Football Australia has unveiled a mural at the grounds of Football Queensland paying tribute to 100 years of women in football.
The first recorded Women’s public Football match happened a century ago in front of 10,000 people at the Gabba in Brisbane.
The mural highlights some of the games pioneers, trailblazers and game-changers who have contributed to women’s football in Australia.
Co-artists Sarah Sculley and Kim Walmsley designed the mural to be a living piece that will continue to be expanded.
Honouring our past. Elevating our present. Inspiring our future.
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Walmsley is a proud Mununjali artist who designed the Indigenous art component of the mural. A component which highlights the impact of First Nations People in the game.
“The line work represents energy, movement and connection to Country along with the elements of water, fire, air, and earth,” she explained.
“The green and gold represents the Australian wattle, it shows an Australian plant shining through and represents the women who have found positions of success.
“Having women playing football or any kind of male-dominated sport is adventurous and powerful.”
National team players, coaches, referees, administrators, fans, volunteers and grassroots players are all represented through the design.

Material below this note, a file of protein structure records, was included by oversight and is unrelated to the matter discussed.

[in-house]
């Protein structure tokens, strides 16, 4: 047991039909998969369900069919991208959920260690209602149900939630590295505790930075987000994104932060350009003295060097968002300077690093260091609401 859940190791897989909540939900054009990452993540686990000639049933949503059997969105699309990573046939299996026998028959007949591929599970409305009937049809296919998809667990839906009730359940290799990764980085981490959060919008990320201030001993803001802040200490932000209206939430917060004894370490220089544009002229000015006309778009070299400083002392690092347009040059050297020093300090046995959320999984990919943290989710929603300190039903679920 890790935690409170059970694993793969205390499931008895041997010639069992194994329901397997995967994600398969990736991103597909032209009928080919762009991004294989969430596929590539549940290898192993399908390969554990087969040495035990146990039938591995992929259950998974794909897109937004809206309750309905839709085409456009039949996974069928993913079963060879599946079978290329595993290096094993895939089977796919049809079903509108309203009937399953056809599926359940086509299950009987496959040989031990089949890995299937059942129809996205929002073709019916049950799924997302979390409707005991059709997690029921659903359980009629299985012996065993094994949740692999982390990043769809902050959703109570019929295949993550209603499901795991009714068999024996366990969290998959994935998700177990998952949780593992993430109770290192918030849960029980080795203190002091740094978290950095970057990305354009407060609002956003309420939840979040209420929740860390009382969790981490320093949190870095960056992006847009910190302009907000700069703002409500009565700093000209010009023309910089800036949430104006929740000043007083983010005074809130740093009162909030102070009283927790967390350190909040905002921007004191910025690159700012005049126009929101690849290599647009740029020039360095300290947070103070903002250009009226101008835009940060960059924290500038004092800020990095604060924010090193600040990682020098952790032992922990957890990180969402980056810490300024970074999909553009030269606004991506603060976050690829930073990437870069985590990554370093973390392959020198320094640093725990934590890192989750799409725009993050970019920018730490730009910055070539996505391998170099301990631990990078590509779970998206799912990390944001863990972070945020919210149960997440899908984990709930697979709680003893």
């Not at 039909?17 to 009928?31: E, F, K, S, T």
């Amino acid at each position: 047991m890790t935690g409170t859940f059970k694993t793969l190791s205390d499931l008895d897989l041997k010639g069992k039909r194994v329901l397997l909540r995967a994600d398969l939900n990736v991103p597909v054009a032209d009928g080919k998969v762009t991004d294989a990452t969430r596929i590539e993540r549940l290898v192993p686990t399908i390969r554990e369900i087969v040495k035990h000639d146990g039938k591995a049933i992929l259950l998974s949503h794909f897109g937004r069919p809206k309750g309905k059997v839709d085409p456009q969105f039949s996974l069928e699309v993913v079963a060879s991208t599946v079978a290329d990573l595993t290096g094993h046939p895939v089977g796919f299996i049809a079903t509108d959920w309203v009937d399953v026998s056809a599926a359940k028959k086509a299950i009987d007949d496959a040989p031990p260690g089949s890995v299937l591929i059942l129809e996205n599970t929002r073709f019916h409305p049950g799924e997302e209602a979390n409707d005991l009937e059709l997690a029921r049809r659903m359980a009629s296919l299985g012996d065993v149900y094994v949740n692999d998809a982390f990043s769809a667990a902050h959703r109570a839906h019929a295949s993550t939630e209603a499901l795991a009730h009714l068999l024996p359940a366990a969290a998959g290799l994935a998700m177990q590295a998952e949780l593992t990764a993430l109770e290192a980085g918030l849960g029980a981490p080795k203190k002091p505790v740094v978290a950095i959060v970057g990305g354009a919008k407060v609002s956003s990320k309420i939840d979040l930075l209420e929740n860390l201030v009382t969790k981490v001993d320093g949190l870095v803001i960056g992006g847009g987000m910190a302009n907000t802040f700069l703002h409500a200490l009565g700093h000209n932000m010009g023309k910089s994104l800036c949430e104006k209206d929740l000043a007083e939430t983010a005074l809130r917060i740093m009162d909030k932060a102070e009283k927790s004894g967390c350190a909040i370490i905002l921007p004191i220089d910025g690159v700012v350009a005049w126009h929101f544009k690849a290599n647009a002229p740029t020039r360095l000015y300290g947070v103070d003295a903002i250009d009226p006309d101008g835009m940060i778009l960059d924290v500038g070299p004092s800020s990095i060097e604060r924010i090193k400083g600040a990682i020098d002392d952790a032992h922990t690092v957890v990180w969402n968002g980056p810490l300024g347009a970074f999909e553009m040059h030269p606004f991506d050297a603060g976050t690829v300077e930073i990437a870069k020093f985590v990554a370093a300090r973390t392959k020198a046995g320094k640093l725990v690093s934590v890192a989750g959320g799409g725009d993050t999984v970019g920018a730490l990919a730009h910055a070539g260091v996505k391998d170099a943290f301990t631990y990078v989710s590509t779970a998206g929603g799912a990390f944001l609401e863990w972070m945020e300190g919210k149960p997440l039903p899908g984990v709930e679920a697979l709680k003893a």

Sunshine Coast-based artist Sculley, said she was really excited to take on the project.
“It’s not often as a mural artist that you get to make a real difference and to be part of the 100 years of women’s football is huge,” she said.
“I feel very privileged to be in this position, i think it’s really important to honour all people who have worked really hard.
“not just the players but the admin, the coaches, the crowds, everyone who has played a part in lifting up women’s football to where it is now.”
Both Karen Menzies and Kyah Simon are encapsulated on the mural.
Menzies was the first Indigenous woman to represent Australia in women’s football and Simon was the first Indigenous player to reach 100 caps for Australia.
By Teisha Cloos